While undoubtedly his main focus, Muhammad Ali is not the only subject that has kept Bingham busy over the years. He has also spent extensive time photographing Bill Cosby and his family. What began as a job taking still photos on the “Bill Cosby Show” quickly grew into a lasting relationship “I have been working for the Cosbys ever since the mid-’60s,” Bingham says, “mainly, because they can trust me.”
In addition, his in-depth photos of the Watts riots earned him national recognition when they were featured prominently in Life magazine. A newcomer at the time, Bingham now attributes this to his honest, nonthreatening disposition and a strange knack for timing. These traits allowed him to shoot the weapons arsenals of rioters and the meetings of rival organizations. “I could walk out of a Black Panther meeting and right into an “US” meeting and no heads would be turned, because they knew me as an individual,” Bingham explains. “They knew that I had integrity.” Since then, his work has graced the pages of Time, Sports Illustrated, Newsweek and Ebony, among others.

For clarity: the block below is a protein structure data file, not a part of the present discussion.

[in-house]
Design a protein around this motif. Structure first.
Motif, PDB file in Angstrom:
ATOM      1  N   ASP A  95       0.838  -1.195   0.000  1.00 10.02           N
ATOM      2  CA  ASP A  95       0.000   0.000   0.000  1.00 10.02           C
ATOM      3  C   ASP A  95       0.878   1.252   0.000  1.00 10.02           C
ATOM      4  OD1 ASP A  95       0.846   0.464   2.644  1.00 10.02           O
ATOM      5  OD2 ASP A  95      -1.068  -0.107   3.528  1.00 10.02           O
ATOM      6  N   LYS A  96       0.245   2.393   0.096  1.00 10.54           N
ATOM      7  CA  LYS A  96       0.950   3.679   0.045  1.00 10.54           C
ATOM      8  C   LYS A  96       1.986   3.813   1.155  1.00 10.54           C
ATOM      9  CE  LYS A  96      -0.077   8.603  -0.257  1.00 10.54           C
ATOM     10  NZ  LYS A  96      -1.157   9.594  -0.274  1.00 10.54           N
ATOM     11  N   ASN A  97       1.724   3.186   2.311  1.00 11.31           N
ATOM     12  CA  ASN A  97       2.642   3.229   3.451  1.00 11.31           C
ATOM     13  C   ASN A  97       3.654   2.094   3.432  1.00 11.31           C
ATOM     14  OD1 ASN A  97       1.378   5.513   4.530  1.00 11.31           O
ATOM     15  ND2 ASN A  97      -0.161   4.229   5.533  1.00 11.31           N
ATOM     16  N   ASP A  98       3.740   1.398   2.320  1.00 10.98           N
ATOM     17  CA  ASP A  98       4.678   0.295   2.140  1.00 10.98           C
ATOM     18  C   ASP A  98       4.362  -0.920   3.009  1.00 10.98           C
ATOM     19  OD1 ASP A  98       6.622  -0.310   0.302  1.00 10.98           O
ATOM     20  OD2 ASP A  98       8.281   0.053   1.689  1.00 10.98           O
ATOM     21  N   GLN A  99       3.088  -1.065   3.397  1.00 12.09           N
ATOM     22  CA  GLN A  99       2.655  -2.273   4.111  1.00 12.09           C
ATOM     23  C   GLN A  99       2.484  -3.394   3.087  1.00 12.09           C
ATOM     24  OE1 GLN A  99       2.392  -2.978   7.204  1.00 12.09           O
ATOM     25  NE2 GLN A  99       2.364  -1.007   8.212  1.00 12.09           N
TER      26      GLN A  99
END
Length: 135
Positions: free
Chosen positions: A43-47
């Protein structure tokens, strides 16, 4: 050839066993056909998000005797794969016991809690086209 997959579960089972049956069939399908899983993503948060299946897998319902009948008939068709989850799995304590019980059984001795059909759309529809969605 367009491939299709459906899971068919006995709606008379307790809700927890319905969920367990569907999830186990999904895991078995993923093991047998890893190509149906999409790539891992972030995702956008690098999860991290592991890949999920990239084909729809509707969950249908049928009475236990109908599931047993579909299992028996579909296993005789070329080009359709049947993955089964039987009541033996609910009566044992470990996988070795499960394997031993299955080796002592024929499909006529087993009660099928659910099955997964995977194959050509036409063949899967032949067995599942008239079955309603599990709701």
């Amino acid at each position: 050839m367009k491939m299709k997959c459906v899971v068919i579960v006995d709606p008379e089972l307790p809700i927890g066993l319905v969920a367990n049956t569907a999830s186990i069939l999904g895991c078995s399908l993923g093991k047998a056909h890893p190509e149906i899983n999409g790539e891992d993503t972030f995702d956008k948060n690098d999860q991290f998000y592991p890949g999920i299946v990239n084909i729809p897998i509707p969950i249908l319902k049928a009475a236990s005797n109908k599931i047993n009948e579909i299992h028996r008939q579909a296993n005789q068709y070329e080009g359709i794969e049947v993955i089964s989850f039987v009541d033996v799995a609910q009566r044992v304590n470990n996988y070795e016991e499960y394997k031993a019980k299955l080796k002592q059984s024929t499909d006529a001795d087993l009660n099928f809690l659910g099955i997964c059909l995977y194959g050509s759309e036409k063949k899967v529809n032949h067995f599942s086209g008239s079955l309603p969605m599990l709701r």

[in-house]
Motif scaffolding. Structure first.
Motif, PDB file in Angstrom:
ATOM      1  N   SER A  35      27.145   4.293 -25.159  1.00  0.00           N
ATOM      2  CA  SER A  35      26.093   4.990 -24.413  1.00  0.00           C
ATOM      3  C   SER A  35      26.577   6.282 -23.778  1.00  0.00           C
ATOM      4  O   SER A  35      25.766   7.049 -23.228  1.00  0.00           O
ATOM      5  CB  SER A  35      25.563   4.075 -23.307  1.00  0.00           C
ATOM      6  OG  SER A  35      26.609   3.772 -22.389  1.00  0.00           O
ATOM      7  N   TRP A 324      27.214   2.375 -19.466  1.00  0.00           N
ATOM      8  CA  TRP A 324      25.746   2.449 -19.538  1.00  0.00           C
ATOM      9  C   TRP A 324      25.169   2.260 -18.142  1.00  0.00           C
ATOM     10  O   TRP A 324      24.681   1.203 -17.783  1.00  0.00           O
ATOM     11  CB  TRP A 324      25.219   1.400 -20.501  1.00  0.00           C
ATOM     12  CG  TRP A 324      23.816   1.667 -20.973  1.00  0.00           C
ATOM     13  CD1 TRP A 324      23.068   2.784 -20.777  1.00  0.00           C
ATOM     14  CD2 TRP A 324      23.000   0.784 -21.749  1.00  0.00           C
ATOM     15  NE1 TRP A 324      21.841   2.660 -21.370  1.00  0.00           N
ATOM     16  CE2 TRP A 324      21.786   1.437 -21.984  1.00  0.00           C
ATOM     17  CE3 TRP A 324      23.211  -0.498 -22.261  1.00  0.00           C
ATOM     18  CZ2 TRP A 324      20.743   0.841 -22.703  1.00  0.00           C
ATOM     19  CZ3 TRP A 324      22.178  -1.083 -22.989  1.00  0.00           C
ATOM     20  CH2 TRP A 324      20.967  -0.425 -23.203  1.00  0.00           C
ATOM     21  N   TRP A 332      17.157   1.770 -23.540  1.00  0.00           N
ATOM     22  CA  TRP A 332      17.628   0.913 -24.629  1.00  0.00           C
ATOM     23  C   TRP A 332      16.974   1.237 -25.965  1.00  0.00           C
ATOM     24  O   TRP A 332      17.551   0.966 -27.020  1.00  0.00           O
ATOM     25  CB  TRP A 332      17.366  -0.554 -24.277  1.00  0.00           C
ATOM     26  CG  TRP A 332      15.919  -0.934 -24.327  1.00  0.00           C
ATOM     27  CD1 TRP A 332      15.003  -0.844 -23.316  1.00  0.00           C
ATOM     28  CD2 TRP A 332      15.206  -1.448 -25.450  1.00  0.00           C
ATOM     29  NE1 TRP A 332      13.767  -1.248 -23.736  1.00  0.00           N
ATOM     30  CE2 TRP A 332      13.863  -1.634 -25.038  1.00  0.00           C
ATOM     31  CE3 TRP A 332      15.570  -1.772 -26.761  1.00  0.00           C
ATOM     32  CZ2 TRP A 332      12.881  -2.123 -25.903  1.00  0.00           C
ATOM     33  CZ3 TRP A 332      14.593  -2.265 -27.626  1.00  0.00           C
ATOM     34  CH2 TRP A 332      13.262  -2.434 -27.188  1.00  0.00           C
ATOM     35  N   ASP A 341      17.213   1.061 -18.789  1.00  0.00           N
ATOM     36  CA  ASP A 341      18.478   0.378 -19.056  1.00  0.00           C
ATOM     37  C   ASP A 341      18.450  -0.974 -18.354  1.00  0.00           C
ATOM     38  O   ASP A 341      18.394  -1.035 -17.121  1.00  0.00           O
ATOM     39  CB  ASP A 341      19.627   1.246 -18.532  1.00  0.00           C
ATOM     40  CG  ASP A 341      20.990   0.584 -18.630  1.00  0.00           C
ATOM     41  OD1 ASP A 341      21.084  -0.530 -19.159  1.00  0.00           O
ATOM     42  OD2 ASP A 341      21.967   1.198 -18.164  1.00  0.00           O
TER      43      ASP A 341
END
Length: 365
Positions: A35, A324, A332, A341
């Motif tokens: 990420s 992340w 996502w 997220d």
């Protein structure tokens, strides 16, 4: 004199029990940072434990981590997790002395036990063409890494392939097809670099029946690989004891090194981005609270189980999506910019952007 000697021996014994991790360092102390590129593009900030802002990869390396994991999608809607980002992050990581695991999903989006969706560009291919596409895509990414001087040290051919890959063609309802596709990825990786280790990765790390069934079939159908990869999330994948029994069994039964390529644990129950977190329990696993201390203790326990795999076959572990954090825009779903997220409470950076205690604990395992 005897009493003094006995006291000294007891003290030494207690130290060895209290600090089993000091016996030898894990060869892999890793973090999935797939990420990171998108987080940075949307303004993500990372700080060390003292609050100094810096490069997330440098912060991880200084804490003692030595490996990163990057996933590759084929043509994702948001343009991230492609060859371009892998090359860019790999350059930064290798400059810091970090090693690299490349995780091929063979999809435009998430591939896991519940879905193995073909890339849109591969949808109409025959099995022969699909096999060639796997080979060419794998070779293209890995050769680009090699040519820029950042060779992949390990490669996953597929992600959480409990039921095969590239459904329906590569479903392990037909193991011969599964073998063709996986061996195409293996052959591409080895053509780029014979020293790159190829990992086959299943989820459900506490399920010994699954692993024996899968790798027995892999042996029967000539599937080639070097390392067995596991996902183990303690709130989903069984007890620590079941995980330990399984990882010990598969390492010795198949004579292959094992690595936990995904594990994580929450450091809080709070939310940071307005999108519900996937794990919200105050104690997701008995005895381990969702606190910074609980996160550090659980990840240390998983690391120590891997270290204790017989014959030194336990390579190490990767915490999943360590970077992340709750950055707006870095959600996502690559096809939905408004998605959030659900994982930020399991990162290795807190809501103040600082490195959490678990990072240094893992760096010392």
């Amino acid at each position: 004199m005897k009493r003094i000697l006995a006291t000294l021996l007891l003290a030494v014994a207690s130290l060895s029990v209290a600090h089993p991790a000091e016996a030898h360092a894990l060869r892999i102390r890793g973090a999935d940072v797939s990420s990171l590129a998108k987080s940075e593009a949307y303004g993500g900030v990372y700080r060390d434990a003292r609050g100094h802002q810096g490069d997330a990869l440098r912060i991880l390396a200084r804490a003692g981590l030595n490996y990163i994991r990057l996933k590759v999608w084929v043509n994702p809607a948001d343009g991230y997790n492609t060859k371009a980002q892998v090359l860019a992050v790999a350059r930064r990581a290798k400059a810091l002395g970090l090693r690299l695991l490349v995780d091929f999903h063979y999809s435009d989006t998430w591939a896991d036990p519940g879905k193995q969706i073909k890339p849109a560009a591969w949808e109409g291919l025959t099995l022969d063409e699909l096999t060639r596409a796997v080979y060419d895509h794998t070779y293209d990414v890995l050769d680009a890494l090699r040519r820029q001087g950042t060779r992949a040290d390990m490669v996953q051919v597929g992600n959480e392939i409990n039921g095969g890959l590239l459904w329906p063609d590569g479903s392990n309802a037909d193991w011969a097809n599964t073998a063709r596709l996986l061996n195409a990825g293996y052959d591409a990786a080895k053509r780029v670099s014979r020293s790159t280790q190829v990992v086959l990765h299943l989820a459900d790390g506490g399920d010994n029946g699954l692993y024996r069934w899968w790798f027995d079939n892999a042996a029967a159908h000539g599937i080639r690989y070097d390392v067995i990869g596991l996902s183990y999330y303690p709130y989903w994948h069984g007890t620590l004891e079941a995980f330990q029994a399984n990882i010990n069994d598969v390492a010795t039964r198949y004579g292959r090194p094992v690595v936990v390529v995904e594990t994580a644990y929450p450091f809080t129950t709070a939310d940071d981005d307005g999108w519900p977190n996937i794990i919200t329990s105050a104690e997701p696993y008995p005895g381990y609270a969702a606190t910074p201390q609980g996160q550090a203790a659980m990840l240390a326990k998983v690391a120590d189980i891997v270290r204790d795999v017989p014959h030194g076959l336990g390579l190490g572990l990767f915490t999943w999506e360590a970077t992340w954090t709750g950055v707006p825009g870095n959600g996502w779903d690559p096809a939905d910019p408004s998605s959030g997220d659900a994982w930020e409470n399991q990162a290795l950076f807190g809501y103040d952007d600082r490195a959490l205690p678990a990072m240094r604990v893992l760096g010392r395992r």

Bingham often accepts speaking engagements, is actively involved in mentorship programs and exhibits his photography all over the world. His book, Muhammad Ali, A Thirty-Year Journey, is already published in several countries and will soon make its way to Japan. Most recently, he was presented with PMDA’s Professional Photographer Award at their annual awards dinner in New Orleans. Prior honorees include Harry Benson, Eddie Adams, and Bingham’s mentor, Gordon Parks.
As for the future, Bingham plans to continue his involvement in a motion-picture deal with Sony, based on the life of Muhammad Ali. He will be Sony’s point-person for the film, their consummate contact for information. When asked whether he will take pictures on the set, Bingham nods with a smile. “I will not be the main still photographer, but I will always take photographs for the rest of my life. I like taking pictures, and I will take pictures on the set with Ali,” he says. “I will always be shooting.”